With an alarming number of fat cats out there -- one scientific study concluded that 53 percent of cats in the U.S. are either overweight or obese -- your not-quite-svelte feline may need to quit the clean plate club. Tubby tabbies face an array of possible health problems, including arthritis, diabetes, heart and liver issues. They may also suffer illnesses, such as bladder stones or skin conditions that require special eating habits. And diabetic cats need strictly monitored care and feeding. But getting a cat to follow any diet not of his own choosing isn't as simple as cutting out treats and serving tiny portions. Knowing what to expect as you alter your cat's meal plan will help you to keep him on the right nutritional path.
When should a plump cat slim down? Most vets classify a cat with more than 20 percent body fat as overweight, but more simply, if the feline profile viewed from above has no waistline or abdominal tuck, the cat is too fat. You should be able to feel, but not see, his ribs. He shouldn't have folds of swinging fat when he walks. A cat's ideal weight depends on age, breed, lifestyle, bone structure and gender, but the average adult cat generally tips the scales at 7 to 11 pounds (3.1 to 4.9 kilograms), with females weighing less.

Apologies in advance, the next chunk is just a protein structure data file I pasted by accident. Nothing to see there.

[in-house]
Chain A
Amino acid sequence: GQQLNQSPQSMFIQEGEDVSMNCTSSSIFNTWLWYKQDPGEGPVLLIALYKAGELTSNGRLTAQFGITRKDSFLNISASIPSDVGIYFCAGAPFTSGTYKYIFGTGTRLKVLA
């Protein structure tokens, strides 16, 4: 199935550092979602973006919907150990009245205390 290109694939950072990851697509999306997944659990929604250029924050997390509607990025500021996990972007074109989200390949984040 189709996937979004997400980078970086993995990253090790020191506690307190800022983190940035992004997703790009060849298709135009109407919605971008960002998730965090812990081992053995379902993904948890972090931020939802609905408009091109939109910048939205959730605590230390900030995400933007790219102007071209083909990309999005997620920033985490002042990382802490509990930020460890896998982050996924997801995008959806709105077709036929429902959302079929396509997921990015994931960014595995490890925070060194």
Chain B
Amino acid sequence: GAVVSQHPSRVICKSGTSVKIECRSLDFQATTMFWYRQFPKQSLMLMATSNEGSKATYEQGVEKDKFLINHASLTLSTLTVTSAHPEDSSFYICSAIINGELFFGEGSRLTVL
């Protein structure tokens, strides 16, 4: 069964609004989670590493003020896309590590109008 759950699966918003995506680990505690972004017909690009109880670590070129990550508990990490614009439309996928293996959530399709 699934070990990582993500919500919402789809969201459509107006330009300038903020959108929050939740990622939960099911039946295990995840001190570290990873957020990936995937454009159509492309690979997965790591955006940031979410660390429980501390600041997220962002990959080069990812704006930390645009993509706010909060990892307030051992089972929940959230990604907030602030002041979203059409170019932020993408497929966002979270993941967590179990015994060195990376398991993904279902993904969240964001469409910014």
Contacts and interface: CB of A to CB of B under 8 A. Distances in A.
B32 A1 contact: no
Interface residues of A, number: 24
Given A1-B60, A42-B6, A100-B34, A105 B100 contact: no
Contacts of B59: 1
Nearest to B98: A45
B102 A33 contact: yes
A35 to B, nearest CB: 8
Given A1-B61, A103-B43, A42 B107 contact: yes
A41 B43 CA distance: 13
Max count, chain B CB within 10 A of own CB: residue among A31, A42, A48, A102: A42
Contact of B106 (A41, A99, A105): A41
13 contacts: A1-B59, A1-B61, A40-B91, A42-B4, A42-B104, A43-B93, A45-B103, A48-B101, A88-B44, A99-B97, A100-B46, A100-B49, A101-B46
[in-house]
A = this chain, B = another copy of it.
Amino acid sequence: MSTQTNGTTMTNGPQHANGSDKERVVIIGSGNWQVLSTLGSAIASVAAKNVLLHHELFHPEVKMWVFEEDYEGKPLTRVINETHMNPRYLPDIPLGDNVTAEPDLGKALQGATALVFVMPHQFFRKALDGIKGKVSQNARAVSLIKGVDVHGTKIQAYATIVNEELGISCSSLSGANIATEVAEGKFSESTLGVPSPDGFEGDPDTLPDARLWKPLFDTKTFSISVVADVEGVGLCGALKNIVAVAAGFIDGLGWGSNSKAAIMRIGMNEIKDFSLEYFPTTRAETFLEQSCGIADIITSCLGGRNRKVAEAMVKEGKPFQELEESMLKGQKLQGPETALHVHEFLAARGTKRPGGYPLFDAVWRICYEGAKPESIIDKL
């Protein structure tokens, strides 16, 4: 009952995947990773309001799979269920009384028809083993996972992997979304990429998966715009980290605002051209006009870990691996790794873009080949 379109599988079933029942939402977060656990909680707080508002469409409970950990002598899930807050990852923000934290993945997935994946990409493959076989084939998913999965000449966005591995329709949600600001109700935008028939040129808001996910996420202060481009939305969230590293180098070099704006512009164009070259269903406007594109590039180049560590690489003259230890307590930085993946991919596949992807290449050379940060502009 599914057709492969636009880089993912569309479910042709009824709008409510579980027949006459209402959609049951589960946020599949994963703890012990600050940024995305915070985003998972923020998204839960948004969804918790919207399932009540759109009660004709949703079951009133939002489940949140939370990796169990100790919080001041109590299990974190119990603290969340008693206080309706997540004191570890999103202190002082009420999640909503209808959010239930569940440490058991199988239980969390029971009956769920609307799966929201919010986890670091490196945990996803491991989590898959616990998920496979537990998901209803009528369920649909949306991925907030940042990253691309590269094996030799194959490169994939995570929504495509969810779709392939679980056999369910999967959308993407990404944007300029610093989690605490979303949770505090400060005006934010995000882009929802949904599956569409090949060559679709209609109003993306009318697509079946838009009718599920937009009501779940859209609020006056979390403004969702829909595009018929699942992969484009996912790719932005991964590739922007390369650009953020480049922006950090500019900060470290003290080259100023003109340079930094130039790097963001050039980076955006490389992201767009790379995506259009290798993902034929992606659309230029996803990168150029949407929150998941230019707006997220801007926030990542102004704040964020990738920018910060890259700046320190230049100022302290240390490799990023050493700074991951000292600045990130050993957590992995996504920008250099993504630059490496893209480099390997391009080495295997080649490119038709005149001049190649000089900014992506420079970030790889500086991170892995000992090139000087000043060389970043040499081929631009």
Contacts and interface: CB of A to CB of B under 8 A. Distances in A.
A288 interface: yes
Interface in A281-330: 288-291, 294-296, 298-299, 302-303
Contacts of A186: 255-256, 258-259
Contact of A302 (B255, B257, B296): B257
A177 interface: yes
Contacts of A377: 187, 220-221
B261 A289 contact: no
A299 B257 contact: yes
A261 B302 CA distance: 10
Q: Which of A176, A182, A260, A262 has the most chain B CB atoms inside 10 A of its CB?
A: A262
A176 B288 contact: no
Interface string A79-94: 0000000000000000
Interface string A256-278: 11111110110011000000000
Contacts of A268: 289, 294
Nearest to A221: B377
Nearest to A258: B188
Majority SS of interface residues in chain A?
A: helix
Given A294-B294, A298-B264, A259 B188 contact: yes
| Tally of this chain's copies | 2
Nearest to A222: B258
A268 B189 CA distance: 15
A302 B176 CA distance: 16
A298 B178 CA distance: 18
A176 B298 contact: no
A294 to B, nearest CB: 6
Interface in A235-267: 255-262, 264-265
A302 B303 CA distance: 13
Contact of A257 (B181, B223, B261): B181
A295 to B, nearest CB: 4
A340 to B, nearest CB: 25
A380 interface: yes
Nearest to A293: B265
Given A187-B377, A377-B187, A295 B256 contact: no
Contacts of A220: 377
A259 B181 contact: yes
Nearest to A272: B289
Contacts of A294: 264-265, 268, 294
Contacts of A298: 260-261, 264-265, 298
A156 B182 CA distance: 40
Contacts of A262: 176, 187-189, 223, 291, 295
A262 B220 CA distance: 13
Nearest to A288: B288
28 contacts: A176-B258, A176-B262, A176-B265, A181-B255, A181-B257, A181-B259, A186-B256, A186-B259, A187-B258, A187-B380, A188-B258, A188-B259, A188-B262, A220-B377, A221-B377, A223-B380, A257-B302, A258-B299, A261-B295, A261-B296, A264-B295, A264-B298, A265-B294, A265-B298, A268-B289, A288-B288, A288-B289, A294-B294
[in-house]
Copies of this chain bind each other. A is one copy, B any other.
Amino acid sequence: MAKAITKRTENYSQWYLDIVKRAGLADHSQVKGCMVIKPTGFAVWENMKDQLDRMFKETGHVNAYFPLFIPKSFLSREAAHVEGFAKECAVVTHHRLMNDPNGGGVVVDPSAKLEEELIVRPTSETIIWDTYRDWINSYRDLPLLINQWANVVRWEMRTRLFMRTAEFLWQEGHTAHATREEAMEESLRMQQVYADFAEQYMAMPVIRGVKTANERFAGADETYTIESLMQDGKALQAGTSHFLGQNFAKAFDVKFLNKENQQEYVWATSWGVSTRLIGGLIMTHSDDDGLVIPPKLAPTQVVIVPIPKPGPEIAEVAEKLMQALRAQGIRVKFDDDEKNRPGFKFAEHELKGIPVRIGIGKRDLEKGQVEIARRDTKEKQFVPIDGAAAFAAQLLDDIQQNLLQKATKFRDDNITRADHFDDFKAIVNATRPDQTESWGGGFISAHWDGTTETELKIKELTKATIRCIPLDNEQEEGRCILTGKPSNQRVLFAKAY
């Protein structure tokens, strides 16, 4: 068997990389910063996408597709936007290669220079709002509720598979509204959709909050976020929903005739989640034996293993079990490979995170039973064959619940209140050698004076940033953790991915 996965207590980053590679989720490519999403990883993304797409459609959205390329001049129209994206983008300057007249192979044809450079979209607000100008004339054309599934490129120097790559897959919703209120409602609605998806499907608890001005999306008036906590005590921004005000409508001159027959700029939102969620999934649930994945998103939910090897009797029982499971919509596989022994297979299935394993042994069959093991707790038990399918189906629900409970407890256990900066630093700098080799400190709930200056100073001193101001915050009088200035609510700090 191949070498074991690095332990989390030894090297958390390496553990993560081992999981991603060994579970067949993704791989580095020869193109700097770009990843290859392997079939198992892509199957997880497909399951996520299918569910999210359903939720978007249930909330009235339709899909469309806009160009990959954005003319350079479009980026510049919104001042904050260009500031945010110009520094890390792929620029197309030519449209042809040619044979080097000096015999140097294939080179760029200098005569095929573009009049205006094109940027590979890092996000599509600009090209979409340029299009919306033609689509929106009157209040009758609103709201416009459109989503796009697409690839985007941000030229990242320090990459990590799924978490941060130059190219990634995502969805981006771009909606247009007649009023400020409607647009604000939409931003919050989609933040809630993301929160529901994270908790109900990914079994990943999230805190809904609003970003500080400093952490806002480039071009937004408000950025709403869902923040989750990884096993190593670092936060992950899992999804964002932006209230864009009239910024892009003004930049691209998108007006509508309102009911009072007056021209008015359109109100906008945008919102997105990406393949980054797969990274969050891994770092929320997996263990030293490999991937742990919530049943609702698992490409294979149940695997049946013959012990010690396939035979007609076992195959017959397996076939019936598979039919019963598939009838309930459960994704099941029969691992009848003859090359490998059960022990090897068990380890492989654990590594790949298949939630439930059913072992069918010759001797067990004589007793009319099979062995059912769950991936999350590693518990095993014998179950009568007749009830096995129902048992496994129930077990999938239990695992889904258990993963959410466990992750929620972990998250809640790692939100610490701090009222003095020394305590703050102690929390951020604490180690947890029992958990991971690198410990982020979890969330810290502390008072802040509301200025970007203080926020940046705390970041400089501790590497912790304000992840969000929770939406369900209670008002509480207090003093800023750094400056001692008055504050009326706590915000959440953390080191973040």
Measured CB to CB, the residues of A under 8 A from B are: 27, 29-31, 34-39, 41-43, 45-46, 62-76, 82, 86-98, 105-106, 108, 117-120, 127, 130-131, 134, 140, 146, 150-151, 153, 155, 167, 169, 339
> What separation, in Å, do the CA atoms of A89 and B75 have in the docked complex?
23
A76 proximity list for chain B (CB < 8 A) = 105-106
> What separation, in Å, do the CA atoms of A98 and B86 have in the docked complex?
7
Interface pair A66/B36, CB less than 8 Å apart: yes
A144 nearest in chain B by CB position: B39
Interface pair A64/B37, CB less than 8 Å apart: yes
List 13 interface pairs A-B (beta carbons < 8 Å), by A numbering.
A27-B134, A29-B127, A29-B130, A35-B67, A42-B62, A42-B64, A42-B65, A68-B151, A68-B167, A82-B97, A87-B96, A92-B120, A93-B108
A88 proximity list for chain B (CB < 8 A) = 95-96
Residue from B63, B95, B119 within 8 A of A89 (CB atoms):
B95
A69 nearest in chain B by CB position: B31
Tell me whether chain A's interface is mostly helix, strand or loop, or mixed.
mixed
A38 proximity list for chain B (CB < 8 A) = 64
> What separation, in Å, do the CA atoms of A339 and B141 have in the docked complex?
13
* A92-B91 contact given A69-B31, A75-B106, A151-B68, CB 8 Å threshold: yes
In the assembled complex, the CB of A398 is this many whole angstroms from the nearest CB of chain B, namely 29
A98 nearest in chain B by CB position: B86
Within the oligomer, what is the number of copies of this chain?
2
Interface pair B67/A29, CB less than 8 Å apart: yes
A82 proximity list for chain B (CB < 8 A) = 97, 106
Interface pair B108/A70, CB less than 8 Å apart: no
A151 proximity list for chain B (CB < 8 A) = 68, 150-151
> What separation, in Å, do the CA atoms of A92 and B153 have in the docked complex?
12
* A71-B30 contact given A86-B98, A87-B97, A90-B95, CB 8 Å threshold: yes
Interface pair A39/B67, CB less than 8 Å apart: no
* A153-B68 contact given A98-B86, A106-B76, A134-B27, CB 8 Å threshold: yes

Two to 3 extra pounds (.9 to 1.36 kilograms) for a cat is equivalent to 40 pounds (18 kilograms) for a human! No wonder we have such an epidemic of obesity. Furthermore, cats that have been spayed or neutered use fewer calories than intact felines, so they often don't need to eat as much; they put on pounds because their owners offer too much food and not enough exercise. Never put your cat on a diet, or switch to "diet food," without first consulting your vet. Drastically changing the amount or type of food your cat eats can invite digestive problems or deplete crucial nutrients. The vet will determine if your cat has health problems in addition to being overweight. She'll then suggest the right food to attack the problems, or an eating regimen, including portion sizes, to tackle weight loss.